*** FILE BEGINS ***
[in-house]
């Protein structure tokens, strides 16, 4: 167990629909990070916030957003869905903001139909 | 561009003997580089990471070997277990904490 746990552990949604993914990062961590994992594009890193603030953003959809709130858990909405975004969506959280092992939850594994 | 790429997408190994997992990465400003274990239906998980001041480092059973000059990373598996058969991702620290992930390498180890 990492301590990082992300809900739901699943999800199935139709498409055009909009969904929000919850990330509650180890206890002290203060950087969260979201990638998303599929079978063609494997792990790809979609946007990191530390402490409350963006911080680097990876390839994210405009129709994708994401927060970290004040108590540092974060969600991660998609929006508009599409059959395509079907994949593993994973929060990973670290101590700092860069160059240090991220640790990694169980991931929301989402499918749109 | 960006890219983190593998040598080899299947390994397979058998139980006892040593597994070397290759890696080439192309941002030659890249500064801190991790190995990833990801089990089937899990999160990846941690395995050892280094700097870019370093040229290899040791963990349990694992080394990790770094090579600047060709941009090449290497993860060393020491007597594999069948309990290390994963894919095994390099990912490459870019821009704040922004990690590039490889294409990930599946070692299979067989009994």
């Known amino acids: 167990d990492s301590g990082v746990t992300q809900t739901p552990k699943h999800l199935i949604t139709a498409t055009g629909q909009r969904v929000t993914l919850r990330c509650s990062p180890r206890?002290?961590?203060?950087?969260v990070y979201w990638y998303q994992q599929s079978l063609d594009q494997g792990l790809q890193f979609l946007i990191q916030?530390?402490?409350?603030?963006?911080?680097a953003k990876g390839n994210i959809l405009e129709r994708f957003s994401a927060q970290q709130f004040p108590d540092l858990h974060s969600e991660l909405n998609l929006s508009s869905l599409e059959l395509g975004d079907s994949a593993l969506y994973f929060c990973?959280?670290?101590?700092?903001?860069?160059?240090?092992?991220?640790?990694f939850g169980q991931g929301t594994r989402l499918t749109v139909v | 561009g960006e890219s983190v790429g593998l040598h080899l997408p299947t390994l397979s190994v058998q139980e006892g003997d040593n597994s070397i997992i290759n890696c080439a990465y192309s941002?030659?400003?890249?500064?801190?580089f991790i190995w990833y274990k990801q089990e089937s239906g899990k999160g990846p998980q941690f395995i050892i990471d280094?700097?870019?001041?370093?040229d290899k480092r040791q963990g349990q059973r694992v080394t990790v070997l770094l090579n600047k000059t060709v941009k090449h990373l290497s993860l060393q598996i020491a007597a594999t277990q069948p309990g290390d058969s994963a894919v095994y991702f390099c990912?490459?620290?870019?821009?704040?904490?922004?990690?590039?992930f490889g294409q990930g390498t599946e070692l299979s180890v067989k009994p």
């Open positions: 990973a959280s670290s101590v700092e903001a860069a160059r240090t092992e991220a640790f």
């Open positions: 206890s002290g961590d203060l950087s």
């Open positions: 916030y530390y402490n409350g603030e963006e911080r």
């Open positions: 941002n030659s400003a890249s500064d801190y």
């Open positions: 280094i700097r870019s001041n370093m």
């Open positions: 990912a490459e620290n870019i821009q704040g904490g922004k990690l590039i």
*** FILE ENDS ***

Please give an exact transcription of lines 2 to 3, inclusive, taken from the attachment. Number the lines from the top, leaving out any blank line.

């Protein structure tokens, strides 16, 4: 167990629909990070916030957003869905903001139909 | 561009003997580089990471070997277990904490 746990552990949604993914990062961590994992594009890193603030953003959809709130858990909405975004969506959280092992939850594994 | 790429997408190994997992990465400003274990239906998980001041480092059973000059990373598996058969991702620290992930390498180890 990492301590990082992300809900739901699943999800199935139709498409055009909009969904929000919850990330509650180890206890002290203060950087969260979201990638998303599929079978063609494997792990790809979609946007990191530390402490409350963006911080680097990876390839994210405009129709994708994401927060970290004040108590540092974060969600991660998609929006508009599409059959395509079907994949593993994973929060990973670290101590700092860069160059240090991220640790990694169980991931929301989402499918749109 | 960006890219983190593998040598080899299947390994397979058998139980006892040593597994070397290759890696080439192309941002030659890249500064801190991790190995990833990801089990089937899990999160990846941690395995050892280094700097870019370093040229290899040791963990349990694992080394990790770094090579600047060709941009090449290497993860060393020491007597594999069948309990290390994963894919095994390099990912490459870019821009704040922004990690590039490889294409990930599946070692299979067989009994």
């Known amino acids: 167990d990492s301590g990082v746990t992300q809900t739901p552990k699943h999800l199935i949604t139709a498409t055009g629909q909009r969904v929000t993914l919850r990330c509650s990062p180890r206890?002290?961590?203060?950087?969260v990070y979201w990638y998303q994992q599929s079978l063609d594009q494997g792990l790809q890193f979609l946007i990191q916030?530390?402490?409350?603030?963006?911080?680097a953003k990876g390839n994210i959809l405009e129709r994708f957003s994401a927060q970290q709130f004040p108590d540092l858990h974060s969600e991660l909405n998609l929006s508009s869905l599409e059959l395509g975004d079907s994949a593993l969506y994973f929060c990973?959280?670290?101590?700092?903001?860069?160059?240090?092992?991220?640790?990694f939850g169980q991931g929301t594994r989402l499918t749109v139909v | 561009g960006e890219s983190v790429g593998l040598h080899l997408p299947t390994l397979s190994v058998q139980e006892g003997d040593n597994s070397i997992i290759n890696c080439a990465y192309s941002?030659?400003?890249?500064?801190?580089f991790i190995w990833y274990k990801q089990e089937s239906g899990k999160g990846p998980q941690f395995i050892i990471d280094?700097?870019?001041?370093?040229d290899k480092r040791q963990g349990q059973r694992v080394t990790v070997l770094l090579n600047k000059t060709v941009k090449h990373l290497s993860l060393q598996i020491a007597a594999t277990q069948p309990g290390d058969s994963a894919v095994y991702f390099c990912?490459?620290?870019?821009?704040?904490?922004?990690?590039?992930f490889g294409q990930g390498t599946e070692l299979s180890v067989k009994p």